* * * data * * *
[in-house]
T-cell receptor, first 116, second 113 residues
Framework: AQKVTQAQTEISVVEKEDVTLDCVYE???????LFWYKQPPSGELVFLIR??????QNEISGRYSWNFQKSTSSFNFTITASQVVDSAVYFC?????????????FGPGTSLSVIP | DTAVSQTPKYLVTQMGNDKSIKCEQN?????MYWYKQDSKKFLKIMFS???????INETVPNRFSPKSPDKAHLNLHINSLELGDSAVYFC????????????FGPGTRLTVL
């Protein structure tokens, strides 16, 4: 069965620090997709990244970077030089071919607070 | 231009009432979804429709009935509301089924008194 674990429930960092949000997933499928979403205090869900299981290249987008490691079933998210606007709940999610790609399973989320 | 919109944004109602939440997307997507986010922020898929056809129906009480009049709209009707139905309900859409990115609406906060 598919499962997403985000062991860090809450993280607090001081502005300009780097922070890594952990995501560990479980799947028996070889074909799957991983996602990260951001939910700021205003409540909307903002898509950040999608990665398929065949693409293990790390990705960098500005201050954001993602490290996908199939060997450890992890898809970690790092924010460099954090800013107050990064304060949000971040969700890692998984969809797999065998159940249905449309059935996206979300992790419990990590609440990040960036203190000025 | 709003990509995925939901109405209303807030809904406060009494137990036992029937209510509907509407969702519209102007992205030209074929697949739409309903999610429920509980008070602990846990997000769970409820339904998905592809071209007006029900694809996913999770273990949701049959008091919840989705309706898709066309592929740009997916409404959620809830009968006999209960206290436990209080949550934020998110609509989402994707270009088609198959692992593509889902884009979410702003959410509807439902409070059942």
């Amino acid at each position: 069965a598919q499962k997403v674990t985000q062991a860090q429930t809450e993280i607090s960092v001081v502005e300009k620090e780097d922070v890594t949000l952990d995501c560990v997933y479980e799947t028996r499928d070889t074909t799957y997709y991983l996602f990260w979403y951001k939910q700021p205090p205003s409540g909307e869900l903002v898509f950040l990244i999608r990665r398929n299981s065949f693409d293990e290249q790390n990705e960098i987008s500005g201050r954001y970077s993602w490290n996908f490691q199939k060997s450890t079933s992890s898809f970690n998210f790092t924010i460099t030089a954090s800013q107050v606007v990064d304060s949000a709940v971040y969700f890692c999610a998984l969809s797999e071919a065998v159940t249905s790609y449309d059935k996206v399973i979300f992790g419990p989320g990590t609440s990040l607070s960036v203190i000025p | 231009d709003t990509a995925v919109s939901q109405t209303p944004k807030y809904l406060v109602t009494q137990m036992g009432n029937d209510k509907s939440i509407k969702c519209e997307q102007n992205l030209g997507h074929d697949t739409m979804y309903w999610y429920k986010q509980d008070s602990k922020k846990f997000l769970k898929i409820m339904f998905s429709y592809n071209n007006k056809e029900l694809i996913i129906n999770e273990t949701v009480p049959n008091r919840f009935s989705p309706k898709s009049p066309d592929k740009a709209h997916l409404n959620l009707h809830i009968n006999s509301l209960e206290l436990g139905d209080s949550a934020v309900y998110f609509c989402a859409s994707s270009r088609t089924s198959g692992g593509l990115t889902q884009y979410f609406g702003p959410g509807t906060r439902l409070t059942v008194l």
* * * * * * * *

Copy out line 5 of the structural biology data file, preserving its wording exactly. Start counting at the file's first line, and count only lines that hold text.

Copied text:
């Amino acid at each position: 069965a598919q499962k997403v674990t985000q062991a860090q429930t809450e993280i607090s960092v001081v502005e300009k620090e780097d922070v890594t949000l952990d995501c560990v997933y479980e799947t028996r499928d070889t074909t799957y997709y991983l996602f990260w979403y951001k939910q700021p205090p205003s409540g909307e869900l903002v898509f950040l990244i999608r990665r398929n299981s065949f693409d293990e290249q790390n990705e960098i987008s500005g201050r954001y970077s993602w490290n996908f490691q199939k060997s450890t079933s992890s898809f970690n998210f790092t924010i460099t030089a954090s800013q107050v606007v990064d304060s949000a709940v971040y969700f890692c999610a998984l969809s797999e071919a065998v159940t249905s790609y449309d059935k996206v399973i979300f992790g419990p989320g990590t609440s990040l607070s960036v203190i000025p | 231009d709003t990509a995925v919109s939901q109405t209303p944004k807030y809904l406060v109602t009494q137990m036992g009432n029937d209510k509907s939440i509407k969702c519209e997307q102007n992205l030209g997507h074929d697949t739409m979804y309903w999610y429920k986010q509980d008070s602990k922020k846990f997000l769970k898929i409820m339904f998905s429709y592809n071209n007006k056809e029900l694809i996913i129906n999770e273990t949701v009480p049959n008091r919840f009935s989705p309706k898709s009049p066309d592929k740009a709209h997916l409404n959620l009707h809830i009968n006999s509301l209960e206290l436990g139905d209080s949550a934020v309900y998110f609509c989402a859409s994707s270009r088609t089924s198959g692992g593509l990115t889902q884009y979410f609406g702003p959410g509807t906060r439902l409070t059942v008194l």